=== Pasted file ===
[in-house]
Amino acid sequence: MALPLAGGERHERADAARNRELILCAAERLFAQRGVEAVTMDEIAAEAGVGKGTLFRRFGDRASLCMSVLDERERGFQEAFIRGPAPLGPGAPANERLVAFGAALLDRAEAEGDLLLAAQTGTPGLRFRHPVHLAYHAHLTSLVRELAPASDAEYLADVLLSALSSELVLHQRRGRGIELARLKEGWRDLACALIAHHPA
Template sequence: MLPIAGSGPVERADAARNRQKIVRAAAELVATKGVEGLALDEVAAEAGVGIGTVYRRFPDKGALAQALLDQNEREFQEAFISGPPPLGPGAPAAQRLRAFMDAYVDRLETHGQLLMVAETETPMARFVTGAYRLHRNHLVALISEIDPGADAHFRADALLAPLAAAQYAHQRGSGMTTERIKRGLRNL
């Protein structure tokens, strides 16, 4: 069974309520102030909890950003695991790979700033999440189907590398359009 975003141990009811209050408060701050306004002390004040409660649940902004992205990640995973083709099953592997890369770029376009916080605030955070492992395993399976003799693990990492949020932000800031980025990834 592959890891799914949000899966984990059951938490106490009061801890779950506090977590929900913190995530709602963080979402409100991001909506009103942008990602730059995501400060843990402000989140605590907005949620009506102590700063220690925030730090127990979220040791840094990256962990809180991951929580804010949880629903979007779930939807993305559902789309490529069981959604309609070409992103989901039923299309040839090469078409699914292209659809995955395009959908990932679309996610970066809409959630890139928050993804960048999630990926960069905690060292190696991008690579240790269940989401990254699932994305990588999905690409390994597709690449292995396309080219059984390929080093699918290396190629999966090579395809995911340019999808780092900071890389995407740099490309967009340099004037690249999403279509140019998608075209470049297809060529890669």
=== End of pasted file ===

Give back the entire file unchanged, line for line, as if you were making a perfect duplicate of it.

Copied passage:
[in-house]
Amino acid sequence: MALPLAGGERHERADAARNRELILCAAERLFAQRGVEAVTMDEIAAEAGVGKGTLFRRFGDRASLCMSVLDERERGFQEAFIRGPAPLGPGAPANERLVAFGAALLDRAEAEGDLLLAAQTGTPGLRFRHPVHLAYHAHLTSLVRELAPASDAEYLADVLLSALSSELVLHQRRGRGIELARLKEGWRDLACALIAHHPA
Template sequence: MLPIAGSGPVERADAARNRQKIVRAAAELVATKGVEGLALDEVAAEAGVGIGTVYRRFPDKGALAQALLDQNEREFQEAFISGPPPLGPGAPAAQRLRAFMDAYVDRLETHGQLLMVAETETPMARFVTGAYRLHRNHLVALISEIDPGADAHFRADALLAPLAAAQYAHQRGSGMTTERIKRGLRNL
């Protein structure tokens, strides 16, 4: 069974309520102030909890950003695991790979700033999440189907590398359009 975003141990009811209050408060701050306004002390004040409660649940902004992205990640995973083709099953592997890369770029376009916080605030955070492992395993399976003799693990990492949020932000800031980025990834 592959890891799914949000899966984990059951938490106490009061801890779950506090977590929900913190995530709602963080979402409100991001909506009103942008990602730059995501400060843990402000989140605590907005949620009506102590700063220690925030730090127990979220040791840094990256962990809180991951929580804010949880629903979007779930939807993305559902789309490529069981959604309609070409992103989901039923299309040839090469078409699914292209659809995955395009959908990932679309996610970066809409959630890139928050993804960048999630990926960069905690060292190696991008690579240790269940989401990254699932994305990588999905690409390994597709690449292995396309080219059984390929080093699918290396190629999966090579395809995911340019999808780092900071890389995407740099490309967009340099004037690249999403279509140019998608075209470049297809060529890669």